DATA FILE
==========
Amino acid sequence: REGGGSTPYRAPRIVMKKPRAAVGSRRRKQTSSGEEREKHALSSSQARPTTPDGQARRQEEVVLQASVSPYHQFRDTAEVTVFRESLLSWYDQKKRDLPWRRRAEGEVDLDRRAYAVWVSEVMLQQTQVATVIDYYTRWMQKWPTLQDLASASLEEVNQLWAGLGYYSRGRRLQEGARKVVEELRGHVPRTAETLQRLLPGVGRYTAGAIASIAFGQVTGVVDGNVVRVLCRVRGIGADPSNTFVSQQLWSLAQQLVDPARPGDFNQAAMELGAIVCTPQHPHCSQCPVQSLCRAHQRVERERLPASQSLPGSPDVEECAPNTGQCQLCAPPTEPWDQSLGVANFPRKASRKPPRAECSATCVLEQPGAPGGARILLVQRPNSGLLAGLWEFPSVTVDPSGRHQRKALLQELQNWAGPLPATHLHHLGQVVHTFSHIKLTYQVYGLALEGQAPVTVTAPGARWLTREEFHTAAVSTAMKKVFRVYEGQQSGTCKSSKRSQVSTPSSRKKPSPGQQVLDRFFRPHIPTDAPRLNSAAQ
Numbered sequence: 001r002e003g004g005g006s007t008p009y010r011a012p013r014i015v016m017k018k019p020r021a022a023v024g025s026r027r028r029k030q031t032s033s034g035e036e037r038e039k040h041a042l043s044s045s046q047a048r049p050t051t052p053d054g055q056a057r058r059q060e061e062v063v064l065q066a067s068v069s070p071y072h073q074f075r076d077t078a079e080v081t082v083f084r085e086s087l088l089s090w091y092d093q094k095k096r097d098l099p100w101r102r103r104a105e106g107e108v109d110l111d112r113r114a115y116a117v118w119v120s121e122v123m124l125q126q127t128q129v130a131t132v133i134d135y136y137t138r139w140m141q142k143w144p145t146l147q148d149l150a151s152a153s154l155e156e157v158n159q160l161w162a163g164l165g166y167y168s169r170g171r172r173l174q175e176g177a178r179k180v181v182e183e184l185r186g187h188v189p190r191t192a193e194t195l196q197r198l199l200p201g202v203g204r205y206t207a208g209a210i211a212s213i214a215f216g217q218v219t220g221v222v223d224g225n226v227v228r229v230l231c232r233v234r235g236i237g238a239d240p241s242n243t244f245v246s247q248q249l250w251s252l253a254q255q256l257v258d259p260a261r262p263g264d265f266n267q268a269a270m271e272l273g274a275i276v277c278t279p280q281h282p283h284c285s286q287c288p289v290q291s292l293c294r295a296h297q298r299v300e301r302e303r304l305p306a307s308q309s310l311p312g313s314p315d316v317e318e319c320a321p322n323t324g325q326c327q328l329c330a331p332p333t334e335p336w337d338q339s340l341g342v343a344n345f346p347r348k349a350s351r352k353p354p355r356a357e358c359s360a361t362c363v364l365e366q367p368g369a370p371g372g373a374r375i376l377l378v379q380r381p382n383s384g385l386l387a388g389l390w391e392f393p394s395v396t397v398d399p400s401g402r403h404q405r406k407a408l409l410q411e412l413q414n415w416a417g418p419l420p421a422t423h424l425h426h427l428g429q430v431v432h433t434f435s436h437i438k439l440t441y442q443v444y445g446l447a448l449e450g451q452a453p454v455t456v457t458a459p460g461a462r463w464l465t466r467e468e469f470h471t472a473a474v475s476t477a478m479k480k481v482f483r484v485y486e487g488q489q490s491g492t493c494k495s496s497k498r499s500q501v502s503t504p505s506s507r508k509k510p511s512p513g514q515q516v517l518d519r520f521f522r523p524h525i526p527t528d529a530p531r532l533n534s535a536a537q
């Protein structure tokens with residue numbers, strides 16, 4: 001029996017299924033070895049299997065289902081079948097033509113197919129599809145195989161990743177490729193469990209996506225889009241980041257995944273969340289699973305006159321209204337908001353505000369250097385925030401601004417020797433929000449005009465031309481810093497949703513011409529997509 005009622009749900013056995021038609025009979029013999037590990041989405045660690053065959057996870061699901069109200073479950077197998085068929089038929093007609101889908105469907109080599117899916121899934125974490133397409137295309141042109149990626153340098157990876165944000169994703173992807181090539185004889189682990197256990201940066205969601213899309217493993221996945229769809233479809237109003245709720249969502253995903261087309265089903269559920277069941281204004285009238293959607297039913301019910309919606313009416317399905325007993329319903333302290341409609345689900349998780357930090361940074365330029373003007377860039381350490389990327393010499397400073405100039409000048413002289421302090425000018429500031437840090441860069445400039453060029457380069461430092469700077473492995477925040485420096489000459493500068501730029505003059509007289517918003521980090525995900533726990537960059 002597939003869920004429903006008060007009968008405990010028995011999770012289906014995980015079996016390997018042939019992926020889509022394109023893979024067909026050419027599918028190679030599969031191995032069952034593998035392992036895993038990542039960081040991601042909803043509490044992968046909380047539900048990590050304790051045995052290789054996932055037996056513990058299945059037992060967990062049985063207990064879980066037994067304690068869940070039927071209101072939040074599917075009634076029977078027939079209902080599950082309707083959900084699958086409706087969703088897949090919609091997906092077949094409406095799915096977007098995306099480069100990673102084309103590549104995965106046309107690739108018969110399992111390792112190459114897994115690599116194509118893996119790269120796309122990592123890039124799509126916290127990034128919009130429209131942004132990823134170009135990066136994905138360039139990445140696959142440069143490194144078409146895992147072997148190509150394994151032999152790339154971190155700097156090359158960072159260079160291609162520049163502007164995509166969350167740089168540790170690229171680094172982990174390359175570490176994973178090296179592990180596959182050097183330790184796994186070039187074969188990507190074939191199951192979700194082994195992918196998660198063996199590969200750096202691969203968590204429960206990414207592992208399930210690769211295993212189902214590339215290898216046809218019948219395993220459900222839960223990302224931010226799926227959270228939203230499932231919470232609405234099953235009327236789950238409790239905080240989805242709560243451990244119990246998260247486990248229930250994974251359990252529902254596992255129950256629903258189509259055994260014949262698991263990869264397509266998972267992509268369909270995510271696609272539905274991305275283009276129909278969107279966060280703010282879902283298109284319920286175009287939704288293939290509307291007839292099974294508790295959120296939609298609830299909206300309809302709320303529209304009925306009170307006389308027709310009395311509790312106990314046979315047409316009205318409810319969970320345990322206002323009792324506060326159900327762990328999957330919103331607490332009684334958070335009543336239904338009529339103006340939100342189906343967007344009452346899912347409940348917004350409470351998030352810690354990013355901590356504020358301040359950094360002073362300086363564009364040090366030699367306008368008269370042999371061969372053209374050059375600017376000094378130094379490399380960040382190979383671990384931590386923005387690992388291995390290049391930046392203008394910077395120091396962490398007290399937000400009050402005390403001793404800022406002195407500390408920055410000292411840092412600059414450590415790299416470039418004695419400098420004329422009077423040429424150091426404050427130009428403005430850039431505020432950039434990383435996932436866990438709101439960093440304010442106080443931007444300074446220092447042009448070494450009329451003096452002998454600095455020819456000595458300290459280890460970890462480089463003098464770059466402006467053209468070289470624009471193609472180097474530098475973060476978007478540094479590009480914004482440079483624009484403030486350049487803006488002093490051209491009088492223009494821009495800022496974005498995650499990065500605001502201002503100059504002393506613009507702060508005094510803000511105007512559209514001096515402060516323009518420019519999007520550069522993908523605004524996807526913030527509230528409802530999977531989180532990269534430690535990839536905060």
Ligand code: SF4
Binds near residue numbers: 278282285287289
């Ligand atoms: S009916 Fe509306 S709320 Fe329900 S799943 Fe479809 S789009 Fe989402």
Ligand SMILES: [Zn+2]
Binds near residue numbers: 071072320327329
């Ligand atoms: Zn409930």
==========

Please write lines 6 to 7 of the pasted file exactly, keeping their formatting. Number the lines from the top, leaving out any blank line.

């Ligand atoms: S009916 Fe509306 S709320 Fe329900 S799943 Fe479809 S789009 Fe989402």
Ligand SMILES: [Zn+2]